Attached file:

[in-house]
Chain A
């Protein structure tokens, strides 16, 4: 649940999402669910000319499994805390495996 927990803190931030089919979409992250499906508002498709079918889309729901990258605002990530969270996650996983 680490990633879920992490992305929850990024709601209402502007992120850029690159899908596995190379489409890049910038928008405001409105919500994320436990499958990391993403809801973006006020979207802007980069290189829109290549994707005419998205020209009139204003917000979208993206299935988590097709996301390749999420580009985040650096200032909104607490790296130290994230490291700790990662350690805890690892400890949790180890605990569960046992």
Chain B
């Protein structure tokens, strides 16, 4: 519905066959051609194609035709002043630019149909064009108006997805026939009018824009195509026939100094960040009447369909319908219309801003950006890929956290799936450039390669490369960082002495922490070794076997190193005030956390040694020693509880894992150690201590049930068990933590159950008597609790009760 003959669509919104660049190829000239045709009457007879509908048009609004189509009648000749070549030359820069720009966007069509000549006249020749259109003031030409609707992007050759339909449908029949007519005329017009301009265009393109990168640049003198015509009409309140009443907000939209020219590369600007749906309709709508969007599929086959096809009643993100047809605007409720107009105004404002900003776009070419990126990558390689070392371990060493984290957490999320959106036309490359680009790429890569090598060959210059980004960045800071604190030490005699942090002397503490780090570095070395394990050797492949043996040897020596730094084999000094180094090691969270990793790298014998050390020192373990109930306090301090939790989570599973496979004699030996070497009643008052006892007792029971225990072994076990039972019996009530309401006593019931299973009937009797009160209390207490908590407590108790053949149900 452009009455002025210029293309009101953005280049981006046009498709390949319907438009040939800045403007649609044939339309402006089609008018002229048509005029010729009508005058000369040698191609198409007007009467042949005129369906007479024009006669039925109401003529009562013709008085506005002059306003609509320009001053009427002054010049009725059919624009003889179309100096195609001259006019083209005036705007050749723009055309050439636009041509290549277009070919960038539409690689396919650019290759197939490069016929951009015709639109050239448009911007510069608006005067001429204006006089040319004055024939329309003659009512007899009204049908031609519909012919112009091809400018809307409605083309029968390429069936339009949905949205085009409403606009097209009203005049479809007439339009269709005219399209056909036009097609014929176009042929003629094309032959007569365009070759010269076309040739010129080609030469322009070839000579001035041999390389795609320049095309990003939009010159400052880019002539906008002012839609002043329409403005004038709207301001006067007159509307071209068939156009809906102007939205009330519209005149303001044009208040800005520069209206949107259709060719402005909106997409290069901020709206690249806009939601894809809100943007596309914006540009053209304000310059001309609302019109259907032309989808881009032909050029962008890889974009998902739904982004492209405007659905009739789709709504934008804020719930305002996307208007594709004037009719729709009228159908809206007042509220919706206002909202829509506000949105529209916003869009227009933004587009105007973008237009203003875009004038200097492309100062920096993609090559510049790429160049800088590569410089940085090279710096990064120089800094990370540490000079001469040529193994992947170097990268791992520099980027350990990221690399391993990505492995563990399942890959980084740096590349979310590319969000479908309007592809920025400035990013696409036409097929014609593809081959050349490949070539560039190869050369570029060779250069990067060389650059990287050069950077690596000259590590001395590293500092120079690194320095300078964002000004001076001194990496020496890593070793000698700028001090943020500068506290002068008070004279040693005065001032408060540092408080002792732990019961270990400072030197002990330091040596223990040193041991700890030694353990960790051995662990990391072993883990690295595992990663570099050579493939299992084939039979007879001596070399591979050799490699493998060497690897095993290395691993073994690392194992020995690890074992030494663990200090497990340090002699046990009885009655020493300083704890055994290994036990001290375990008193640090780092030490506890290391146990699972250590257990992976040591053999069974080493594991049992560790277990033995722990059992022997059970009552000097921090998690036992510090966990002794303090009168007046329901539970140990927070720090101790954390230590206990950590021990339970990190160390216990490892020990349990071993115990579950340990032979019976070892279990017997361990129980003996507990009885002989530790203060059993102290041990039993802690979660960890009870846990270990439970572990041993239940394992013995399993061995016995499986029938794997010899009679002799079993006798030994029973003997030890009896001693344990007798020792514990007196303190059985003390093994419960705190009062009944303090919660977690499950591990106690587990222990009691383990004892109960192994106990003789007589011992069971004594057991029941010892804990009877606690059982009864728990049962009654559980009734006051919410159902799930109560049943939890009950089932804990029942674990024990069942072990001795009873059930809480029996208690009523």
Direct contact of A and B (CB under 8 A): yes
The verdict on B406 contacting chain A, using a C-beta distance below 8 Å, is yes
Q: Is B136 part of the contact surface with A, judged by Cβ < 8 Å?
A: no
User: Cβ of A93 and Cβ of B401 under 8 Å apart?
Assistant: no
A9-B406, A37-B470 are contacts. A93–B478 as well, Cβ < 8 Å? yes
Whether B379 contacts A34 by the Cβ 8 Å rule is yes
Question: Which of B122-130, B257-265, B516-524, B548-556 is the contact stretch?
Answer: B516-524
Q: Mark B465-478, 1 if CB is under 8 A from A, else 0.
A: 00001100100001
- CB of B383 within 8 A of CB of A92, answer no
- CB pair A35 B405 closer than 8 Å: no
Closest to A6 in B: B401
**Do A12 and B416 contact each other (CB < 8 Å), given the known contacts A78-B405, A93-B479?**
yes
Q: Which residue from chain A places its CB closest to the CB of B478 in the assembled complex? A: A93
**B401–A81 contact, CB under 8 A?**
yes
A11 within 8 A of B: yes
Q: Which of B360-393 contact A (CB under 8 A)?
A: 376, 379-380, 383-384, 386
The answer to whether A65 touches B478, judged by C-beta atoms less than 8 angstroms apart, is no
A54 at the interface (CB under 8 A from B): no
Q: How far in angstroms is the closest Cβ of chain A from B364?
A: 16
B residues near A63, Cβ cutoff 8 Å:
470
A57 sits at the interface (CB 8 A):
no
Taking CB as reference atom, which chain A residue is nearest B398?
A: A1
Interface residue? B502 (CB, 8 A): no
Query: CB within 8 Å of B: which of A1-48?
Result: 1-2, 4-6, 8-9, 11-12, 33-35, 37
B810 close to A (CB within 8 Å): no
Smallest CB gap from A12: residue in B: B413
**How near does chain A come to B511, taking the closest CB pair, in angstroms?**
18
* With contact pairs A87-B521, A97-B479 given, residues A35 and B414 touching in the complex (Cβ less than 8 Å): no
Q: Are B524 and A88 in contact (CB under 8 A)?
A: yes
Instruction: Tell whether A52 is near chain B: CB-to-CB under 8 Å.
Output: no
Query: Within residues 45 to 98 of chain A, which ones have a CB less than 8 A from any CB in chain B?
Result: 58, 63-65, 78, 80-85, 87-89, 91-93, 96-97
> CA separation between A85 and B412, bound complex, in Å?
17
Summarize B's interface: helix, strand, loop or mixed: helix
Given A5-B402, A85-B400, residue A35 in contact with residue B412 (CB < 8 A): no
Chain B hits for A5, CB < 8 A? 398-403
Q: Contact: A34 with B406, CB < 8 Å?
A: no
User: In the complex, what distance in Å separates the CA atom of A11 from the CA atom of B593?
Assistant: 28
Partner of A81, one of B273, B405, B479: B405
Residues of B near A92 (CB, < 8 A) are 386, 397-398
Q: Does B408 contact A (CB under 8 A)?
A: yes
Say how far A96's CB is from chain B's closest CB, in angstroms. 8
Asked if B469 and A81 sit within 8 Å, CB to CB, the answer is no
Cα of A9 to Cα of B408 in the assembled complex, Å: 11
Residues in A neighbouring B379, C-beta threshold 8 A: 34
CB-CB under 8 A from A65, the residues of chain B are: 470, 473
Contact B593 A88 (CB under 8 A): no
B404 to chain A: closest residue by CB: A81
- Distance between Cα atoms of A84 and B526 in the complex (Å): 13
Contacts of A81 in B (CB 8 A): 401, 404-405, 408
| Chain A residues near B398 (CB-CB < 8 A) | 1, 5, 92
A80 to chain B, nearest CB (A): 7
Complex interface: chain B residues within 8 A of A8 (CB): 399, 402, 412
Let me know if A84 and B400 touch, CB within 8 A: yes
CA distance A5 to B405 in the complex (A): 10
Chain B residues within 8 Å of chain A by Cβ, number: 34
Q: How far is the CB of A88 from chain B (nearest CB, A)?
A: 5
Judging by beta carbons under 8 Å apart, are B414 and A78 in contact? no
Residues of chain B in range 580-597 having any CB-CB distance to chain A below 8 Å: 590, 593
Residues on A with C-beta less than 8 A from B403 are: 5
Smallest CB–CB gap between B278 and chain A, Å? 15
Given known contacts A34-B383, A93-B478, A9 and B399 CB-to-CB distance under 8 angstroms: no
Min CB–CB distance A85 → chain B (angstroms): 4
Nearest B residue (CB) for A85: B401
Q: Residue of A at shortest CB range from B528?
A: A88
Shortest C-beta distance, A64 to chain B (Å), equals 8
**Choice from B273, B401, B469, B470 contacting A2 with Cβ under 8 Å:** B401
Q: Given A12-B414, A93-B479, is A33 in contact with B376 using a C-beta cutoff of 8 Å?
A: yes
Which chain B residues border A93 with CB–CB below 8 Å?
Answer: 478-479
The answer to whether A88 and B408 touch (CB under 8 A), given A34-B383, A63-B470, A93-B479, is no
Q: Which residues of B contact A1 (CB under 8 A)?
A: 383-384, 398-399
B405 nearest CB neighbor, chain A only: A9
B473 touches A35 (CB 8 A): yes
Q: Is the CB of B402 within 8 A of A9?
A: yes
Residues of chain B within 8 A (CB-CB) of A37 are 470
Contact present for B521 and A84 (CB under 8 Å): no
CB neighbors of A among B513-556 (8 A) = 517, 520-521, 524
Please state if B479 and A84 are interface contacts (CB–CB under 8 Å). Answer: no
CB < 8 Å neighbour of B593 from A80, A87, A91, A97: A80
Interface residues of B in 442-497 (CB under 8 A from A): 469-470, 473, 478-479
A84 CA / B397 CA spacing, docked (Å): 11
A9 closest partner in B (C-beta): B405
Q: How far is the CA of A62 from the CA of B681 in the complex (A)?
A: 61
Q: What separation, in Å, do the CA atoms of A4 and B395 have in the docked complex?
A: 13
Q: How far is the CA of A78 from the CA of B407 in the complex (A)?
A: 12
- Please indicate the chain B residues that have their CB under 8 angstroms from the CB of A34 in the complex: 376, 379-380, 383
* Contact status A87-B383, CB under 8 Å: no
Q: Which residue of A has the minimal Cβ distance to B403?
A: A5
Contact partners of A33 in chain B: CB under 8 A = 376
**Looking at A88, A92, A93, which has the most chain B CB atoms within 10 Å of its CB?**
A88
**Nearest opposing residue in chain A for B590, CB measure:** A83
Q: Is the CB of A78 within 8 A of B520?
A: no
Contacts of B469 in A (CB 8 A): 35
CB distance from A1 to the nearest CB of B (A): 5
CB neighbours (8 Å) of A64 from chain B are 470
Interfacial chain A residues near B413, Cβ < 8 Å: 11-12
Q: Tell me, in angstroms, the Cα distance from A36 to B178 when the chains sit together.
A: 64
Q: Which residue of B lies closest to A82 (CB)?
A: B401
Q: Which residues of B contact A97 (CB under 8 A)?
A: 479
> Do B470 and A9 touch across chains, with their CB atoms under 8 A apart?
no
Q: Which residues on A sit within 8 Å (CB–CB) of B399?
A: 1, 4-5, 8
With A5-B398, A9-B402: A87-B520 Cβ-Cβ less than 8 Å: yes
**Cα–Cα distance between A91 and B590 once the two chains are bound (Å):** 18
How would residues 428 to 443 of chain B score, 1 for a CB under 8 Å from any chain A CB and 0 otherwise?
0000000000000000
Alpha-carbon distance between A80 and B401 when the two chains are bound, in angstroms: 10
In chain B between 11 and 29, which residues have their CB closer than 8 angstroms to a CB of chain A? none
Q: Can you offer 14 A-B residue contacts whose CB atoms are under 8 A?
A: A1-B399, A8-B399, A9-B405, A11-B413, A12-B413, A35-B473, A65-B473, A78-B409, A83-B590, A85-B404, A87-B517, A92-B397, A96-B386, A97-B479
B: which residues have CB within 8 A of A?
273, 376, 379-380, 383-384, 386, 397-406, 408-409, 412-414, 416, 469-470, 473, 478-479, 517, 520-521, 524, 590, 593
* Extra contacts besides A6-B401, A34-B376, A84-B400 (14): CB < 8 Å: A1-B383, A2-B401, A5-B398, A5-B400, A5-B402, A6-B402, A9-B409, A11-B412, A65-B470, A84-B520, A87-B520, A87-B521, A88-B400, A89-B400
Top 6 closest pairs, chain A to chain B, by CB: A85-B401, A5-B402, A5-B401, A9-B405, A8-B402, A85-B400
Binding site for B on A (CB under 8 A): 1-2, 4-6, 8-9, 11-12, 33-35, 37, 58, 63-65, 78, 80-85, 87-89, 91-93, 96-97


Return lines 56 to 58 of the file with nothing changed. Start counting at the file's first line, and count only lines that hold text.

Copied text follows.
Given A5-B402, A85-B400, residue A35 in contact with residue B412 (CB < 8 A): no
Chain B hits for A5, CB < 8 A? 398-403
Q: Contact: A34 with B406, CB < 8 Å?